TMRE is seeking client side executives to join the speaker faculty. Speakers can come from any department within the organization. Content must be original and not have already been presented at this or any other industry conference. Note: ONLY client-side submissions will be reviewed. If you are a market research firm, vendor, or consultant, please see below.


The Audience
In 2012, TMRE drew more than 1000 participants with more than 60% representing client side companies from all major industries including: CPG, Media & Entertainment, Finance & Insurance, Travel & Tourism, Durable Goods, Pharmaceutical & Healthcare, Retail, Energy & Utilities, Telecommunications, Technology, Automotive and more.

Attendees have backgrounds in market research, consumer insights, marketing, intelligence, brand insights, marketing analytics, R&D, product development, innovation, customer experience, strategic planning, shopper insights, advertising and customer experience among other related areas.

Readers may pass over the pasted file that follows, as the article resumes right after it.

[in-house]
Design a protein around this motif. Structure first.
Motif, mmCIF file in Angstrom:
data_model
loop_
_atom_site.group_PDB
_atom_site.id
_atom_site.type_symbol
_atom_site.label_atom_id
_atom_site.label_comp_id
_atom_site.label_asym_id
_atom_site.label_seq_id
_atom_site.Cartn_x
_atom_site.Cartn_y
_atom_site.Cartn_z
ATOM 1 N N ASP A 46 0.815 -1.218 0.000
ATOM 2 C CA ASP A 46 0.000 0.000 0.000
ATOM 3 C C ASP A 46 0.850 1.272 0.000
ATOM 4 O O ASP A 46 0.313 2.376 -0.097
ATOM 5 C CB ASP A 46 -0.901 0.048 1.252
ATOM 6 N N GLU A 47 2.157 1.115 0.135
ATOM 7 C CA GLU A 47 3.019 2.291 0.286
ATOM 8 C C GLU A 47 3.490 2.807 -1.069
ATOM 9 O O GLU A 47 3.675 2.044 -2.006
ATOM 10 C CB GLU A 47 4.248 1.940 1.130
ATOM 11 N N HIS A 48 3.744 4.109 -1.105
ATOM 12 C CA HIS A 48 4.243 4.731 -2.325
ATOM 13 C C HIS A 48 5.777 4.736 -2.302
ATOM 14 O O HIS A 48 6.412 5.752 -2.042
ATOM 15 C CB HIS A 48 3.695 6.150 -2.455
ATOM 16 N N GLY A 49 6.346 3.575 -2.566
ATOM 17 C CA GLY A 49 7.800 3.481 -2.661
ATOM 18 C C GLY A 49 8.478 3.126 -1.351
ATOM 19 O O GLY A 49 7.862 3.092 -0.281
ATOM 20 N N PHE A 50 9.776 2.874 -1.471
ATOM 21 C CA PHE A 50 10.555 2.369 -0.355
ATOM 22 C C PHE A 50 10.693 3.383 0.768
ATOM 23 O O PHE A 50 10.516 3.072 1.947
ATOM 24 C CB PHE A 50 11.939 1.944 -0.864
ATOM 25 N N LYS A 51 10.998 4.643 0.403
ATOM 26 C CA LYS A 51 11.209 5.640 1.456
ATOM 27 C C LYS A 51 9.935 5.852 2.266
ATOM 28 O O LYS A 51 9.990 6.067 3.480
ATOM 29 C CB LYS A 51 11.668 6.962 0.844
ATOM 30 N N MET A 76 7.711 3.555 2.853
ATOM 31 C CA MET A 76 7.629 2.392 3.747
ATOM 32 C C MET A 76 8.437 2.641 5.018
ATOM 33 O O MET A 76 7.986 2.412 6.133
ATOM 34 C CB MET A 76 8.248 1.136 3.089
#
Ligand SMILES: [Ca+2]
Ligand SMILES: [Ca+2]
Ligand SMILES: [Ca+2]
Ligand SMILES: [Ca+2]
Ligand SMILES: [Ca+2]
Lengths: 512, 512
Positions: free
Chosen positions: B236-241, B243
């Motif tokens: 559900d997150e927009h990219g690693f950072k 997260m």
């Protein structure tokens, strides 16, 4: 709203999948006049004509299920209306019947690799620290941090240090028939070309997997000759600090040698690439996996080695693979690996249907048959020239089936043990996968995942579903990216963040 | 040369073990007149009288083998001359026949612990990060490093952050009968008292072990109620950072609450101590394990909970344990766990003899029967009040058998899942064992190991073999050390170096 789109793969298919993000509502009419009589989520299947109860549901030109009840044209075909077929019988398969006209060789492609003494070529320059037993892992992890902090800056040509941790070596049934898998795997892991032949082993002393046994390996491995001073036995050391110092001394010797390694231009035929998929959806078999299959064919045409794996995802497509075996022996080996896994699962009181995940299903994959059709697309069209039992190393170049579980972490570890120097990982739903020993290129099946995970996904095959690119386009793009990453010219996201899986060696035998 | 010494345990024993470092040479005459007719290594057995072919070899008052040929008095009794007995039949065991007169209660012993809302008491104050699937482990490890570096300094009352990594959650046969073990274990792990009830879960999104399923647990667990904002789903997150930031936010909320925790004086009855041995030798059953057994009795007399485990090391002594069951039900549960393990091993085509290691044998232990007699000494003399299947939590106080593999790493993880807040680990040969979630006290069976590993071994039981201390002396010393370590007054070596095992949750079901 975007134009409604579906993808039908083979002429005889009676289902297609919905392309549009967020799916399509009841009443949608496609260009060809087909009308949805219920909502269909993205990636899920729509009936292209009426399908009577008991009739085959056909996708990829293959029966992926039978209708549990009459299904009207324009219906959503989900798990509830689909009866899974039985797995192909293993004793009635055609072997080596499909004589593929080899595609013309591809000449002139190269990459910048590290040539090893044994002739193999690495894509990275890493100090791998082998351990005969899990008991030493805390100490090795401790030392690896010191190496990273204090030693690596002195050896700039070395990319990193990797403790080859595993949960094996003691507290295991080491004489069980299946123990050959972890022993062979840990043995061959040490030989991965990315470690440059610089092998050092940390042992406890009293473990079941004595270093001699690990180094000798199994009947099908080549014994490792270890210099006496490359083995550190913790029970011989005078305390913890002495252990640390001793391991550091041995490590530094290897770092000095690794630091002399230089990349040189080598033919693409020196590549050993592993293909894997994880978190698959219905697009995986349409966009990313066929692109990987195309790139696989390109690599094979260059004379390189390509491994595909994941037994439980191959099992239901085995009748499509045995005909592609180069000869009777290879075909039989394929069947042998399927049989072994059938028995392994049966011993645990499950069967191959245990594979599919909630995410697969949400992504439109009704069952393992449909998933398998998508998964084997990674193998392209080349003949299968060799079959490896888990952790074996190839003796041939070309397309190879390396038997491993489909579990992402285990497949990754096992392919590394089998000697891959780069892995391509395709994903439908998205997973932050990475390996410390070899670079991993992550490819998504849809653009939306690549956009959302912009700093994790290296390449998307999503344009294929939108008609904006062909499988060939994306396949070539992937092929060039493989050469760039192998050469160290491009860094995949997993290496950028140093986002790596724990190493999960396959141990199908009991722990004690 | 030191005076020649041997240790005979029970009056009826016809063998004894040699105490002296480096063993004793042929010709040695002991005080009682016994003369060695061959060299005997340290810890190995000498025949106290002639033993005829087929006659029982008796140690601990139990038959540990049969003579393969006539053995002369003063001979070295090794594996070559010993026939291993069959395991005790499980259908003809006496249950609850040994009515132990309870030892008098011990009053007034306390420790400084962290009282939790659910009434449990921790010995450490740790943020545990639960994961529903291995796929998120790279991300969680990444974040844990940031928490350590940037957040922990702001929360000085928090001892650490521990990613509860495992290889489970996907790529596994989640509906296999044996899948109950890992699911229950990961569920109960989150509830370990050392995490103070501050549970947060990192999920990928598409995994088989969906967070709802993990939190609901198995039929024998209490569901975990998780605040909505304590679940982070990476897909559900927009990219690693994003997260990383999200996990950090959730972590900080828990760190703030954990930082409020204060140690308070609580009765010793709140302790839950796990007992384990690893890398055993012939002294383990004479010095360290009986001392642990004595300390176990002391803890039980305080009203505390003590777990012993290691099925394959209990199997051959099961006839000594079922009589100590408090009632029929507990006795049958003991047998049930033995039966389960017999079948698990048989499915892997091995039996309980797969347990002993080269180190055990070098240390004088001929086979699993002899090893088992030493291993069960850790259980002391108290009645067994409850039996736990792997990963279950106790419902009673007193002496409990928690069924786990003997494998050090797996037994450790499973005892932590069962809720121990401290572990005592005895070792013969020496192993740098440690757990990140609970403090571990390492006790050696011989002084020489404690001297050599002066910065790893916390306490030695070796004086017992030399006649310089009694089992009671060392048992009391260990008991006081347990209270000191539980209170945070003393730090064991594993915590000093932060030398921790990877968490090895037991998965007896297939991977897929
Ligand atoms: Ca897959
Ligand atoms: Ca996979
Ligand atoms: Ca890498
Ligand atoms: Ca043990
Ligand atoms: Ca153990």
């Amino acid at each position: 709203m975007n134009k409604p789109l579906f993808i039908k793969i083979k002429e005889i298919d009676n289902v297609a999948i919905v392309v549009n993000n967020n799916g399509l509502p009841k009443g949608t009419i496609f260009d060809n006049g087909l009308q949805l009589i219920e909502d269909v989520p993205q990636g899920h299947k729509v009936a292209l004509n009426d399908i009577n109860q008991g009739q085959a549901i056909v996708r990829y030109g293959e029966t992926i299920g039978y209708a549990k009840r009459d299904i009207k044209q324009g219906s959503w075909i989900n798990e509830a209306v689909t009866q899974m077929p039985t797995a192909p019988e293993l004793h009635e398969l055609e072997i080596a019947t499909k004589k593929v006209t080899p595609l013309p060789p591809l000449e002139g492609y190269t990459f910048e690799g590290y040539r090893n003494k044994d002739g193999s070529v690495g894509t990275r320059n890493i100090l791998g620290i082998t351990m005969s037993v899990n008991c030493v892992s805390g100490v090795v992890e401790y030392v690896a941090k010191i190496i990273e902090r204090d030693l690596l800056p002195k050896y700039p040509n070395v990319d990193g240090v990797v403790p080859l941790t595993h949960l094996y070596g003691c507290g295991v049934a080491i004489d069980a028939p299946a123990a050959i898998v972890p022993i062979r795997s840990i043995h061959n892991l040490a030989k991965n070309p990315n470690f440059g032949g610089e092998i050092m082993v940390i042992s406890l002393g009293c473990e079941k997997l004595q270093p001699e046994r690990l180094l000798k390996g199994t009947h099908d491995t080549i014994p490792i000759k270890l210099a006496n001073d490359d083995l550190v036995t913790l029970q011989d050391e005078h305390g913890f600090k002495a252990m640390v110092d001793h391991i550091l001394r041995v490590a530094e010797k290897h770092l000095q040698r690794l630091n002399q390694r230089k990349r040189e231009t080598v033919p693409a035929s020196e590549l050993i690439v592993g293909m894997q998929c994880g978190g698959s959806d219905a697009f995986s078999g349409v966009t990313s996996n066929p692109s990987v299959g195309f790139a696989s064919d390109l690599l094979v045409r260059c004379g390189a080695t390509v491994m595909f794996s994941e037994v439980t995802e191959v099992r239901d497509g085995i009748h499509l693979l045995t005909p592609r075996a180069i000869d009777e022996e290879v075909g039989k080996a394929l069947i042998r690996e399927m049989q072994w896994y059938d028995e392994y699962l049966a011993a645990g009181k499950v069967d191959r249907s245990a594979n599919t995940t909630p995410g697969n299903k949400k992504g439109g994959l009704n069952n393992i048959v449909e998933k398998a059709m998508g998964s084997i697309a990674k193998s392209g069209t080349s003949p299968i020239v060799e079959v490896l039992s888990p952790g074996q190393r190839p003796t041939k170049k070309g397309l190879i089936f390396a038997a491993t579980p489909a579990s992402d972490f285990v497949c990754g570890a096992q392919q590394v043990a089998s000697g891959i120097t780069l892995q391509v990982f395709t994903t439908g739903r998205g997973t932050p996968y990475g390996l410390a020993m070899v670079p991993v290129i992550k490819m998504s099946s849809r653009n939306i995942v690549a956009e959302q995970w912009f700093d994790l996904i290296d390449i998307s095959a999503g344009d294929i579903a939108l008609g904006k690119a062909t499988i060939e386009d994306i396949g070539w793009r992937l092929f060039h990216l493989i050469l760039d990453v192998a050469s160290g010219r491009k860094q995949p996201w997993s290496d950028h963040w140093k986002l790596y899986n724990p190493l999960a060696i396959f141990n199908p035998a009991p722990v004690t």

Suggested Topic Areas
1. Social Insights: Data Collection, Listening & Analysis
2. Shopper Insights
3. Consumer & Market Trends
4. Segmentation
5. Biometrics & Neuroscience
6. Ad & Media Research
7. MR Leadership & Strategy
8. Marketing & Brand Insights
9. Insight Driven Innovation & Product Development
10. Business to Business Research
11. Data Analytics & Advanced Analytics
12. Innovation in Tools, Techniques & Methodologies
13. Global Insights
14. ROI & Measurement
15. Activating Insights
16. Big Data
17. Mobile & Technology
18. Storytelling & Data Visualization
19. What’s Next & The Future
We are also happy to consider topics not listed here that you feel would add value and be appropriate for the audience.

Submission Guidelines